Ever since I was fourteen years old, the same routine has always occurred. Each morning, I wake up at the break of dawn, and I see my parents getting ready for another day of work in the fields, full of diseases and pesticides. I see my mother, always clever and strong, making breakfast for my family. I see my father, outside, checking if his vehicle is in good condition. I stand next to my window, like a lost soul, watching my parents enter a deep camp which only guarantees illness and a pitiful wage for picking grapes. Later in my reflection, I realize I am in those fields, exposed into the same danger they are in. My “internal journey,” the one, that although of its danger, I have been able to gain much knowledge.
Every season, we travel from place to place in search of work, living in a world where poverty is the problem. I have been exposed to many different experiences and obstacles that made me grow stronger and value my education. It might not be a so called “vacations,” but it is my internal journey, a place where I am all summer with my parents, learning experiences, and reflecting about my surroundings and life. “A day working in the fields,” is the same as every day, waking up at dawn, hearing my mother’s words, “hurry up mijita, (daughter) put on your pañuelos and get ready for another day.” I feel deep emptiness within her words, telling me that this is not the life she wants for me. Later, I hear her saying “Andale, Patty, hurry up and cut those grapes faster, we must complete the amount of boxes required.” I then realize the reason my mother does not get her breaks is not because she’s not tired, but it’s so we can complete the amount of boxes the owners are requiring from their workers to make per day. I do not complain; after seeing my mother work so hard, she has becomes my hope, and strength to continue. She taught me the lesson of persistence, of being a hard working lady, and letting me know that the life in the fields is not easy; that I have the option of choosing a better life, an option that she was never offered. Throughout the years, a growth in maturity has developed and I have been able to think beyond the problems, and seek for a solution into the injustices I’ve encountered.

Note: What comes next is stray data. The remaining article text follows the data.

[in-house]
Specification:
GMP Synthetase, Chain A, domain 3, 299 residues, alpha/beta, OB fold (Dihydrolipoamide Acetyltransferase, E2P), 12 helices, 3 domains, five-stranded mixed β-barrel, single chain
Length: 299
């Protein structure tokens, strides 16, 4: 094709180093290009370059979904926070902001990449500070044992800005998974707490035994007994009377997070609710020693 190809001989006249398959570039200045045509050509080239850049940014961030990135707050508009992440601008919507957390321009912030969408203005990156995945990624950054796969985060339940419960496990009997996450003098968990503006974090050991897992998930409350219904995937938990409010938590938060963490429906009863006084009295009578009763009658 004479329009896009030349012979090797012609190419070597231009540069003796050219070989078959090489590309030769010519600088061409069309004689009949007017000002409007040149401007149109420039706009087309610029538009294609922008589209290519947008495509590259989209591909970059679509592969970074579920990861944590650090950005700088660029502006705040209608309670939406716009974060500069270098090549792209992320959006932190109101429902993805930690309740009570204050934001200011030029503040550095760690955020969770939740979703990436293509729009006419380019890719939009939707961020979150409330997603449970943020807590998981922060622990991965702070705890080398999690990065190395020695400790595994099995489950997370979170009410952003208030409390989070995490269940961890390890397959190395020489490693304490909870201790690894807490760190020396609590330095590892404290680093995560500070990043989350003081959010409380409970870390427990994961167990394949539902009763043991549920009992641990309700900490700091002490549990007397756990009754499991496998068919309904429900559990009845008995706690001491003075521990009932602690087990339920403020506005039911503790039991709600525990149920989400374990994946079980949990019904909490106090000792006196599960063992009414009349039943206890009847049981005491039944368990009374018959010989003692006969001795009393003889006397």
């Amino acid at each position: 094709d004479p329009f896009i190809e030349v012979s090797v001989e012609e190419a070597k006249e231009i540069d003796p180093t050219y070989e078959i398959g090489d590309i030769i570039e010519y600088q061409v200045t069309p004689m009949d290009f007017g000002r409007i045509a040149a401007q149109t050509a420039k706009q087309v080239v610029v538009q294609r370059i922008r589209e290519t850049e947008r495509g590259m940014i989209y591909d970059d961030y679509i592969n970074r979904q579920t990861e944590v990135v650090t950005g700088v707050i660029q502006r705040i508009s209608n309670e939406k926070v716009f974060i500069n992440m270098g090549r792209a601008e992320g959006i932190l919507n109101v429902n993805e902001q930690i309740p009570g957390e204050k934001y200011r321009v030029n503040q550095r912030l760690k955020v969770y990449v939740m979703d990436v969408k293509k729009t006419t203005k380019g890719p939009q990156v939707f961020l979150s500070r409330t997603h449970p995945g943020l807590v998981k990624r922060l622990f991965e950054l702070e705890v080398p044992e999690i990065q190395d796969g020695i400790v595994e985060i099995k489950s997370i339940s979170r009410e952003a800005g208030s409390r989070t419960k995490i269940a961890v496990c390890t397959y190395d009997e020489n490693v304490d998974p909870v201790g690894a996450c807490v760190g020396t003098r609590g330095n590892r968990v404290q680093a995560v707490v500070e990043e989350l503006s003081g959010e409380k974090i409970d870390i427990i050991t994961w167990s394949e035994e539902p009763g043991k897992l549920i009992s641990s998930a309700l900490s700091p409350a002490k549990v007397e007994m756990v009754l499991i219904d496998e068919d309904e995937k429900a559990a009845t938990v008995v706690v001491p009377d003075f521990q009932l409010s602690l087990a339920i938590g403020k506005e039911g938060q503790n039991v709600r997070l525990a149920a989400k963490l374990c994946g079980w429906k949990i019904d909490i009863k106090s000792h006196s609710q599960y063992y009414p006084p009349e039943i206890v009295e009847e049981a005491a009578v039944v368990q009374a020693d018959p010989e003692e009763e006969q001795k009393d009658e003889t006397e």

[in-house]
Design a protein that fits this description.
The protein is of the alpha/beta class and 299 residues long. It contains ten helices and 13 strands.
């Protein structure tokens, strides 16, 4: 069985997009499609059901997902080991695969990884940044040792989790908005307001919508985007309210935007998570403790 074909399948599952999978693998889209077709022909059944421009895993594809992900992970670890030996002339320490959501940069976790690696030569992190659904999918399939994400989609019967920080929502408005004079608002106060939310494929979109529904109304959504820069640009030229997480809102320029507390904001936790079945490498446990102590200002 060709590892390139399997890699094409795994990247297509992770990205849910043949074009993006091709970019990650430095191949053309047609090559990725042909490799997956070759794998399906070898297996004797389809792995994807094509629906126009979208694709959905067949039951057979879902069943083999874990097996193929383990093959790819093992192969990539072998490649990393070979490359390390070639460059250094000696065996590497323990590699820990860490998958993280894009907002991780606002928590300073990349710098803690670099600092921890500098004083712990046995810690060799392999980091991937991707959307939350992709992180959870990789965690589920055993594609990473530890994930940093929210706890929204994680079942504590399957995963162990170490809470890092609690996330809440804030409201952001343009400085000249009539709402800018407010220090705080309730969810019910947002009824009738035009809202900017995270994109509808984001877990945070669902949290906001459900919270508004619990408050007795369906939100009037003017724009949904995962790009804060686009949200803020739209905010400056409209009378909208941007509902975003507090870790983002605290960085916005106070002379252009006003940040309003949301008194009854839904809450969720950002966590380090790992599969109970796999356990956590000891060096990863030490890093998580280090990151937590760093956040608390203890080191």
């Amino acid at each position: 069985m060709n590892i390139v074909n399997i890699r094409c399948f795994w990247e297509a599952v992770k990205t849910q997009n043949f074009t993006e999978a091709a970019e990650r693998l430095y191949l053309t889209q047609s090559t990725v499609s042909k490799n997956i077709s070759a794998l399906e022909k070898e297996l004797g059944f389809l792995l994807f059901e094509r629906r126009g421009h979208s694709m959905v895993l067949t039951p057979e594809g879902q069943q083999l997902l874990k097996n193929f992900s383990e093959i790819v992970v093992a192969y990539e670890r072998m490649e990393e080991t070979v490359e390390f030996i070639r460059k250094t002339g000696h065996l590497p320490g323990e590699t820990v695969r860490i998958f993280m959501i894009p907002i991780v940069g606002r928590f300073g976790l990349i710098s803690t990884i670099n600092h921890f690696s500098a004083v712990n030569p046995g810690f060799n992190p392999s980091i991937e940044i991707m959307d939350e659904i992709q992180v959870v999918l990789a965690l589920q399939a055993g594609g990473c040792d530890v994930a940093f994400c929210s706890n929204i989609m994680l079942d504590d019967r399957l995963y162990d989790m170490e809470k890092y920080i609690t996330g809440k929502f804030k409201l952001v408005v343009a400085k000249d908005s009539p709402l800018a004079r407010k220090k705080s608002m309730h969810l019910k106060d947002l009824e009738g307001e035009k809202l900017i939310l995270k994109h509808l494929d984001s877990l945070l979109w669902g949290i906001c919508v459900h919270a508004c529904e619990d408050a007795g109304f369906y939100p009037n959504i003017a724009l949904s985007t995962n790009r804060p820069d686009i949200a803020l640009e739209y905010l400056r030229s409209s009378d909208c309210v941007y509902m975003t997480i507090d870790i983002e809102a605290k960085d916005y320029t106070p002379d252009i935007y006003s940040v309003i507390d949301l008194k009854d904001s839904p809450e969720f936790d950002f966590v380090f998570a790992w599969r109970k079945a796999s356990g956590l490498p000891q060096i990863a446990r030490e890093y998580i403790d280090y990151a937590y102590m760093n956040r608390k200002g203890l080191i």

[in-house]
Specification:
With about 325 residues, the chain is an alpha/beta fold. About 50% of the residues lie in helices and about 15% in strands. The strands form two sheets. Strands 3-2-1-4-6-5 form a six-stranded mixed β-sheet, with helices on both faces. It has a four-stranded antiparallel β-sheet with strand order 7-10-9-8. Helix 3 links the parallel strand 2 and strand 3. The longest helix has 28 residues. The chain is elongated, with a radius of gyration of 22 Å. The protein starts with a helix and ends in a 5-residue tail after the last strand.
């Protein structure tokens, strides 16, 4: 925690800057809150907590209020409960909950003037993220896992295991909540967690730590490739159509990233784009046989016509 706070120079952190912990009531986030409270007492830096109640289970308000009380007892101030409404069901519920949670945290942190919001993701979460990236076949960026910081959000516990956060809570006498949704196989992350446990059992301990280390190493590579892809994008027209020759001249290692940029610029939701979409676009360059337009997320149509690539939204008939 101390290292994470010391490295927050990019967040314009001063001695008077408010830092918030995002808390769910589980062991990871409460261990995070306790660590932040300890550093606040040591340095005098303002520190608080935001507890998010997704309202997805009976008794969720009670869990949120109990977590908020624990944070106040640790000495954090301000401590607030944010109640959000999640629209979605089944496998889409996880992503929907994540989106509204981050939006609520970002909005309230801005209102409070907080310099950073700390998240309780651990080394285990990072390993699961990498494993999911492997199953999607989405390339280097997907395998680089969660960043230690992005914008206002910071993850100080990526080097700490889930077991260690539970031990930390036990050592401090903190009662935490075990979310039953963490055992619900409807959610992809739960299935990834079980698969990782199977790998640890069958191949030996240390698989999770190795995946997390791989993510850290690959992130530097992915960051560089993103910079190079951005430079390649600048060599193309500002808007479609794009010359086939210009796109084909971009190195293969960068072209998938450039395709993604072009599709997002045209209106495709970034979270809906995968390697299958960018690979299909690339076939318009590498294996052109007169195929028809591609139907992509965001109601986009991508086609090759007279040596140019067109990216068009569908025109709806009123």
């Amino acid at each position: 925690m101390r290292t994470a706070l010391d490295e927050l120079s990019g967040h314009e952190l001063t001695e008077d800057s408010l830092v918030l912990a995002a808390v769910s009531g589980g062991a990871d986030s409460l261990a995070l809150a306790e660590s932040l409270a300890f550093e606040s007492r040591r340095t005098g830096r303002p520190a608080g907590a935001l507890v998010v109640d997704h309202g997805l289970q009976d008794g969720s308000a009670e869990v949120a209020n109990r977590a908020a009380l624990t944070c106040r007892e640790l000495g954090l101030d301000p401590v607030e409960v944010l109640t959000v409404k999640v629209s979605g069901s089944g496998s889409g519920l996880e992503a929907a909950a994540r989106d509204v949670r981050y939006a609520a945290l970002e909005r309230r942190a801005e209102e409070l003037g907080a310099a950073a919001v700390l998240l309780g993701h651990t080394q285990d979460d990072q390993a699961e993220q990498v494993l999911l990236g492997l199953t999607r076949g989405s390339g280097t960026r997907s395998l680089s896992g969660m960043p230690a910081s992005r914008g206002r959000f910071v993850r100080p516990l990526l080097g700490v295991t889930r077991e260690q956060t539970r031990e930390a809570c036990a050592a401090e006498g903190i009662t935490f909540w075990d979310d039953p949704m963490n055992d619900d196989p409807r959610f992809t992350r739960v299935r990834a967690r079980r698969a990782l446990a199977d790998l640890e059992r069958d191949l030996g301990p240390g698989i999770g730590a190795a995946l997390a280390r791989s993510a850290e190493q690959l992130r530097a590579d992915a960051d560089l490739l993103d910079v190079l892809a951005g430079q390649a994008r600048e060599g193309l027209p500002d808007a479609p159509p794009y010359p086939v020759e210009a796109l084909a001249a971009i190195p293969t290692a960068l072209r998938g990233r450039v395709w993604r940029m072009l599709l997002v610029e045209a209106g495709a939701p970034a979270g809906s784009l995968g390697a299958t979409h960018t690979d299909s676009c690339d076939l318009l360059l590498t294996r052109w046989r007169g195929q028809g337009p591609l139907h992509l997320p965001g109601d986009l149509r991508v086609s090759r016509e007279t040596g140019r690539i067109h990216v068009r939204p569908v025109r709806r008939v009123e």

Working with my family has made me endure and increased my enthusiasm of going into a four-year university. Ever since the age fourteen, I have worked every summer with my parents in the fields of Coachella Valley and Bakersfield. This is my “internal journey” the fields in where I have explore and encounter much knowledge, where I have been aware of the different “treatments” there could possibly be. I have learned how to swallow my words after seeing many injustices, but I have gain strength to come back and improve the bad working conditions within my community. My family, cousins and friends are my inspiration, and although we are exposed into danger in the fields, we always go to work with a positive attitude, for working together is what makes my day bright and significant. I have learned to believe in myself, a migrant and Latina student who is determined to help my family, my community, my Raza; they are my inspiration, my world!
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